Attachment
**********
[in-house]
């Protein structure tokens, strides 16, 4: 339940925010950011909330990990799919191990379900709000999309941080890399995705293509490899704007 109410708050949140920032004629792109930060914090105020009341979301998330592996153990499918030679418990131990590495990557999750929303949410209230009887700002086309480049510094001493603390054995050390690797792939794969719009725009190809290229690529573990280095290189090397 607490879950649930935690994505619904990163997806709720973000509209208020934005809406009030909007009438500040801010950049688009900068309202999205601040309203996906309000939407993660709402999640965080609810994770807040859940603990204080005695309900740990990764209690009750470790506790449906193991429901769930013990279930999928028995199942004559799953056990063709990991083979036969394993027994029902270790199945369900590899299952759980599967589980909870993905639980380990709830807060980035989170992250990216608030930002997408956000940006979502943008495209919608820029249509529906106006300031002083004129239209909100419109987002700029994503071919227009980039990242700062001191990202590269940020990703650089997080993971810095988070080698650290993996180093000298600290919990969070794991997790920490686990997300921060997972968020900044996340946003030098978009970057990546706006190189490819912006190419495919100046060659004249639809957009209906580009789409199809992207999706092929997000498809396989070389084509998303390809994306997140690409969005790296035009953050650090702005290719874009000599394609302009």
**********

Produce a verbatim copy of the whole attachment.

[in-house]
């Protein structure tokens, strides 16, 4: 339940925010950011909330990990799919191990379900709000999309941080890399995705293509490899704007 109410708050949140920032004629792109930060914090105020009341979301998330592996153990499918030679418990131990590495990557999750929303949410209230009887700002086309480049510094001493603390054995050390690797792939794969719009725009190809290229690529573990280095290189090397 607490879950649930935690994505619904990163997806709720973000509209208020934005809406009030909007009438500040801010950049688009900068309202999205601040309203996906309000939407993660709402999640965080609810994770807040859940603990204080005695309900740990990764209690009750470790506790449906193991429901769930013990279930999928028995199942004559799953056990063709990991083979036969394993027994029902270790199945369900590899299952759980599967589980909870993905639980380990709830807060980035989170992250990216608030930002997408956000940006979502943008495209919608820029249509529906106006300031002083004129239209909100419109987002700029994503071919227009980039990242700062001191990202590269940020990703650089997080993971810095988070080698650290993996180093000298600290919990969070794991997790920490686990997300921060997972968020900044996340946003030098978009970057990546706006190189490819912006190419495919100046060659004249639809957009209906580009789409199809992207999706092929997000498809396989070389084509998303390809994306997140690409969005790296035009953050650090702005290719874009000599394609302009």